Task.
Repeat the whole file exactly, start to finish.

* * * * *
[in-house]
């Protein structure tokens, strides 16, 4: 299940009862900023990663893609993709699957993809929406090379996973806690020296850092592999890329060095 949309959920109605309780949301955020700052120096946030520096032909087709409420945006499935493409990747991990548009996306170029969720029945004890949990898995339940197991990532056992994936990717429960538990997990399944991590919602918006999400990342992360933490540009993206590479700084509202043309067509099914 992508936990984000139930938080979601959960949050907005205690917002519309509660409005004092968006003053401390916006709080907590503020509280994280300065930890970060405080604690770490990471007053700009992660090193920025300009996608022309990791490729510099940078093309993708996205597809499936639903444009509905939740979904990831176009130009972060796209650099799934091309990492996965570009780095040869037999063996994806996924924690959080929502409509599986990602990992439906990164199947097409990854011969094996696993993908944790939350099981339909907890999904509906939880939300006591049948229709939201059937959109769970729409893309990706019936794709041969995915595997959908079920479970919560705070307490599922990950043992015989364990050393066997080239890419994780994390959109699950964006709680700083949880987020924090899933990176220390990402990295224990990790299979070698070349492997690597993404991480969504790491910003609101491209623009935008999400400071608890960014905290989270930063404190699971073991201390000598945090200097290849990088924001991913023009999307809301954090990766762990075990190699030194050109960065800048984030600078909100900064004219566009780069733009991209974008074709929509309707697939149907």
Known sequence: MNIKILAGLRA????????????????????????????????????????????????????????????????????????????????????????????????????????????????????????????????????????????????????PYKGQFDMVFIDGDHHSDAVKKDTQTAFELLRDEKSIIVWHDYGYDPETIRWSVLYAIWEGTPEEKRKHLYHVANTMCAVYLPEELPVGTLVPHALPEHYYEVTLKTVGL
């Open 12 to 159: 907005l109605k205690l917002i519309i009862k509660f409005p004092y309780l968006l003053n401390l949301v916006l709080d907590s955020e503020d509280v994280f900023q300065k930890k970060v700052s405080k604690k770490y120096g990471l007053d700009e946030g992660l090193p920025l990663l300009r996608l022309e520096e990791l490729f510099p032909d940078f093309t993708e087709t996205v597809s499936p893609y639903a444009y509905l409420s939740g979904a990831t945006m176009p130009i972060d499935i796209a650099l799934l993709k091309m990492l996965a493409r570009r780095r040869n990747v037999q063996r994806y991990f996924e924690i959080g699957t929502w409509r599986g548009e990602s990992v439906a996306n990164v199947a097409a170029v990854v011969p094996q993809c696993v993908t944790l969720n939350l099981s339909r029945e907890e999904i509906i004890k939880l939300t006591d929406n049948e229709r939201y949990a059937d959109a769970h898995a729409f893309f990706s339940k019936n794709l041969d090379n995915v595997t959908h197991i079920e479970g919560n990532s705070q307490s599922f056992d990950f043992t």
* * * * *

[in-house]
């Protein structure tokens, strides 16, 4: 299940009862900023990663893609993709699957993809929406090379996973806690020296850092592999890329060095 949309959920109605309780949301955020700052120096946030520096032909087709409420945006499935493409990747991990548009996306170029969720029945004890949990898995339940197991990532056992994936990717429960538990997990399944991590919602918006999400990342992360933490540009993206590479700084509202043309067509099914 992508936990984000139930938080979601959960949050907005205690917002519309509660409005004092968006003053401390916006709080907590503020509280994280300065930890970060405080604690770490990471007053700009992660090193920025300009996608022309990791490729510099940078093309993708996205597809499936639903444009509905939740979904990831176009130009972060796209650099799934091309990492996965570009780095040869037999063996994806996924924690959080929502409509599986990602990992439906990164199947097409990854011969094996696993993908944790939350099981339909907890999904509906939880939300006591049948229709939201059937959109769970729409893309990706019936794709041969995915595997959908079920479970919560705070307490599922990950043992015989364990050393066997080239890419994780994390959109699950964006709680700083949880987020924090899933990176220390990402990295224990990790299979070698070349492997690597993404991480969504790491910003609101491209623009935008999400400071608890960014905290989270930063404190699971073991201390000598945090200097290849990088924001991913023009999307809301954090990766762990075990190699030194050109960065800048984030600078909100900064004219566009780069733009991209974008074709929509309707697939149907």
Known sequence: MNIKILAGLRA????????????????????????????????????????????????????????????????????????????????????????????????????????????????????????????????????????????????????PYKGQFDMVFIDGDHHSDAVKKDTQTAFELLRDEKSIIVWHDYGYDPETIRWSVLYAIWEGTPEEKRKHLYHVANTMCAVYLPEELPVGTLVPHALPEHYYEVTLKTVGL
């Open 12 to 159: 907005l109605k205690l917002i519309i009862k509660f409005p004092y309780l968006l003053n401390l949301v916006l709080d907590s955020e503020d509280v994280f900023q300065k930890k970060v700052s405080k604690k770490y120096g990471l007053d700009e946030g992660l090193p920025l990663l300009r996608l022309e520096e990791l490729f510099p032909d940078f093309t993708e087709t996205v597809s499936p893609y639903a444009y509905l409420s939740g979904a990831t945006m176009p130009i972060d499935i796209a650099l799934l993709k091309m990492l996965a493409r570009r780095r040869n990747v037999q063996r994806y991990f996924e924690i959080g699957t929502w409509r599986g548009e990602s990992v439906a996306n990164v199947a097409a170029v990854v011969p094996q993809c696993v993908t944790l969720n939350l099981s339909r029945e907890e999904i509906i004890k939880l939300t006591d929406n049948e229709r939201y949990a059937d959109a769970h898995a729409f893309f990706s339940k019936n794709l041969d090379n995915v595997t959908h197991i079920e479970g919560n990532s705070q307490s599922f056992d990950f043992t």